Financing Tertiary Education in the Caribbean: The Case of the University of the West Indies

Andrew Downes is Professor of Economics and Director of the Sir Arthur Lewis Institute of Social and Economic Studies at the Cave Hill Campus of the University of the West Indies. He has degrees in economics from the Universities of the West Indies and Manchester. He is the author of several monographs and articles covering such area as labour economics, macroeconomics, development economics and applied econometrics. He is Editor-in-Chief of the Journal of Eastern Caribbean Studies. He is the author of a report for the UNDP on the Millennium Development Goals in the Caribbean

Andrew Downes is Professor of Economics and Director of the Sir Arthur Lewis Institute of Social and Economic Studies at the Cave Hill Campus of the University of the West Indies. He has degrees in economics from the Universities of the West Indies and Manchester. He is the author of several monographs and articles covering such area as labour economics, macroeconomics, development economics and applied econometrics. He is Editor-in-Chief of the Journal of Eastern Caribbean Studies. He is the author of a report for the UNDP on the Millennium Development Goals in the Caribbean.

27 thoughts on “Financing Tertiary Education in the Caribbean: The Case of the University of the West Indies


  1. All uwi got to do is run “testing centers” where you could pay a fee to do any exam. We (future students) got access to all the information online from other universities. Only part UWI should be playing is to make sure you know what you think you know(by testing)


  2. This DLP administration is real foolish.

    I know two things.

    Bajans love their children.

    Bajans believe in education.

    This DLP administration has now put tax paying Bajans are under ’nuff ’nuff stress.

    Since this DLP government has put parents in the position of having to choose between writing a check to NIS, Inland Revenue, or Land Tax and writing a check to UWI for their daughter’s or son’s education, then loving Bajan parents (that is the majority of Bajans) WILL WRITE THE CHECK TO UWI FIRST

    And then this government will wonder why there is a shortfall at, Inland Revenue, Land Tax and NIS.

    Bajan parents put their children’s education first, you idiots!!!!!!

    You really think that any loving parent will pay the government before they pay for their children’s education???

    And when the taxpayer is dead they can try collecting from the duppy or they can crack some heads and dig the education out of the children’s brains maybe this is what “Crack Some Heads/We Jonesing” meant.


    • Why this blind love affair with education? It we want to properly evaluate what education has done for Barbados in the last 10 years what should be the mother of all KPIs? Should it not be output which is defined by our ability to sustain ourselves in a wholesome environment? How come everything is owned by foreigners and we produce people like PW who preach sell sell sell?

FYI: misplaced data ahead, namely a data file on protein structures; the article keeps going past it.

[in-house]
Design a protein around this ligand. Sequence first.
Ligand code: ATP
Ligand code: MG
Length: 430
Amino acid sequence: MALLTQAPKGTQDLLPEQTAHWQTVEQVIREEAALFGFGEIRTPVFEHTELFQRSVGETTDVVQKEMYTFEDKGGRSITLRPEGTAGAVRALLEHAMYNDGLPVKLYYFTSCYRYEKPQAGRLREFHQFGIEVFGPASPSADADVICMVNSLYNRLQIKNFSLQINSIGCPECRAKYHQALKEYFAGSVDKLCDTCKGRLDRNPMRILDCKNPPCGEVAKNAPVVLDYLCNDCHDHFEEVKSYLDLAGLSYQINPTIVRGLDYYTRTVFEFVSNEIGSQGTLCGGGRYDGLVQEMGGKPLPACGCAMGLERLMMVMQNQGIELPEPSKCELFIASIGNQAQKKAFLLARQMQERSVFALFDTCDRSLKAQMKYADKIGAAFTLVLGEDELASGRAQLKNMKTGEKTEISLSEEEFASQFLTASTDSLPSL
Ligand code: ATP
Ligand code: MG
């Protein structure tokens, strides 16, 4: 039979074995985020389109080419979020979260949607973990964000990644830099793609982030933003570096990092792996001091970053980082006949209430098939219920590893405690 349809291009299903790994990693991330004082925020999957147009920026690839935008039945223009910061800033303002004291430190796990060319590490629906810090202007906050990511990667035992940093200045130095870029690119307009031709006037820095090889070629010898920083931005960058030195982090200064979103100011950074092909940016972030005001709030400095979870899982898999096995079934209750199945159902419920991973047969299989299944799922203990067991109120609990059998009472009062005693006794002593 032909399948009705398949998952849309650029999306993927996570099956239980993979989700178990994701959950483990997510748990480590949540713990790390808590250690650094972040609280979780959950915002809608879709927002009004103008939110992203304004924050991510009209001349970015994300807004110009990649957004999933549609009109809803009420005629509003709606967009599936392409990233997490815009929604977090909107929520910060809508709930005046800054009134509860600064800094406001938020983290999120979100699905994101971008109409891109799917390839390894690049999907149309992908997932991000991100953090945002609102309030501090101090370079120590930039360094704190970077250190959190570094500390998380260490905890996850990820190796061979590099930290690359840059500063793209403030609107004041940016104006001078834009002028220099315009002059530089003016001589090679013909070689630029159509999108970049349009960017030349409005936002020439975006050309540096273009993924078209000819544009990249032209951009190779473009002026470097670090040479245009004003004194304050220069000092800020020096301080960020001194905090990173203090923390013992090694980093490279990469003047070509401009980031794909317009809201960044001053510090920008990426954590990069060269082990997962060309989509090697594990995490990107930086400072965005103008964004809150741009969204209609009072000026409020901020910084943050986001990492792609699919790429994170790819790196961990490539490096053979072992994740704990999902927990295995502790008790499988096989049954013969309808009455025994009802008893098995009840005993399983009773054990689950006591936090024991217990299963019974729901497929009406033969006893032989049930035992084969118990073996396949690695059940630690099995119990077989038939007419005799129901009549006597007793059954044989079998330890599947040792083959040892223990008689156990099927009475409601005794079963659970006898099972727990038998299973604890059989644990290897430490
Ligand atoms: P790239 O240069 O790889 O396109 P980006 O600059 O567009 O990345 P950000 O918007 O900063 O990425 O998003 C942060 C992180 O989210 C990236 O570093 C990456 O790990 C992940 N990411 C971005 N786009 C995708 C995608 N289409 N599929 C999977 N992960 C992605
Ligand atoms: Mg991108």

3. @ David
    Simple Simon is a UWI product as seen by the logic….

    Bajans love their children and they love education so the government should provide it completely free even though there is no money to do so…

    Lol …SS… Probably is a PhD candidate too….


  4. Some of us live in Canada where parents can each work at 2 or 3 jobs and children can work part time.
    Therefore paying for a child’s education is not
    like in Barbados where there is high unemployment and a scarcity of jobs.

    This is why it is important for the Barbados Government to find a way to help students with Tuition and Books.

    We don’t want to allow Barbados to become a Nation of semi literates.


  5. De pie ain’t get na bigga.

    The goverment ask we to gie a mo’ bigga share of de pie to UWI.

    We say “alright den”. But we will have to gie a more smalla share to Inland Revenue, land tax etc.

    And de government will have to wait until we ded to collect de rest. To tell de truth, we don’t mind paying when we dun ded.

    Maybe DEM will have to increase death duties.

    But in spite of wha DEM do we ain’t plannin’ on deddin any time soon. We not like the Obama parents 3 of whom dun ded before de age of 60. We plannin’ to do like wha’ we grandmuddas do. We gran muddas din ded until dey was almost a hundred in spite of wha’ de white plantokrunts try to do ta dem, or do to dem, dey continue to weed de white man farm ground until dey was almost 100. And in the meantime dey bury plenty, plenty white men who did dun ded from strokes and ting when dey was only in dey 50’s and 60’s

    We ain’t like de Obama parents 3 or 4 of whom ded before dey reach 60.

    We like our grandparents are made of sterner stuff.

    So unless Mr. We Jonesin’ plan to shoot we, we ain’t dying anytime soon. And to besides we know when to fight and when to run away. We know when to hide unda we beds when Mr. We Jonesing bullets start to fly.

    We are Survivors Of The Crossing.

    We live thru nuff, nuff policy shite already. From slavery to Christianity, to to civil unrest, to police bullets, to racism, to colonialism.

    Nuff nuff, foolish people with nuff, nuff foolish policies try to kill we already.

    BUT WE ARE STILL HERE.

    Tell DEM tek dat.

    Dear David Mr. Blog Master: We like edication sa bad, becausin’ we gran muddda did get none, and we know dat we granmudda did bright as shite and deserving edication.

    So we tekking we share, we tekka we mudda share, and we tekkin we granmudda share.

    We built this place by our sweat, and by our blood.

    That’s why we love education so much.


    • @Simple

      Think!

      Education must be relevant to the times.

      After all the so called free education can you answer the question – Are we there yet?

      After rolling out so called free education are you able to appreciate that we are operating in times when paying 150 million annually to satisfy Hilary’s dream is not affordable?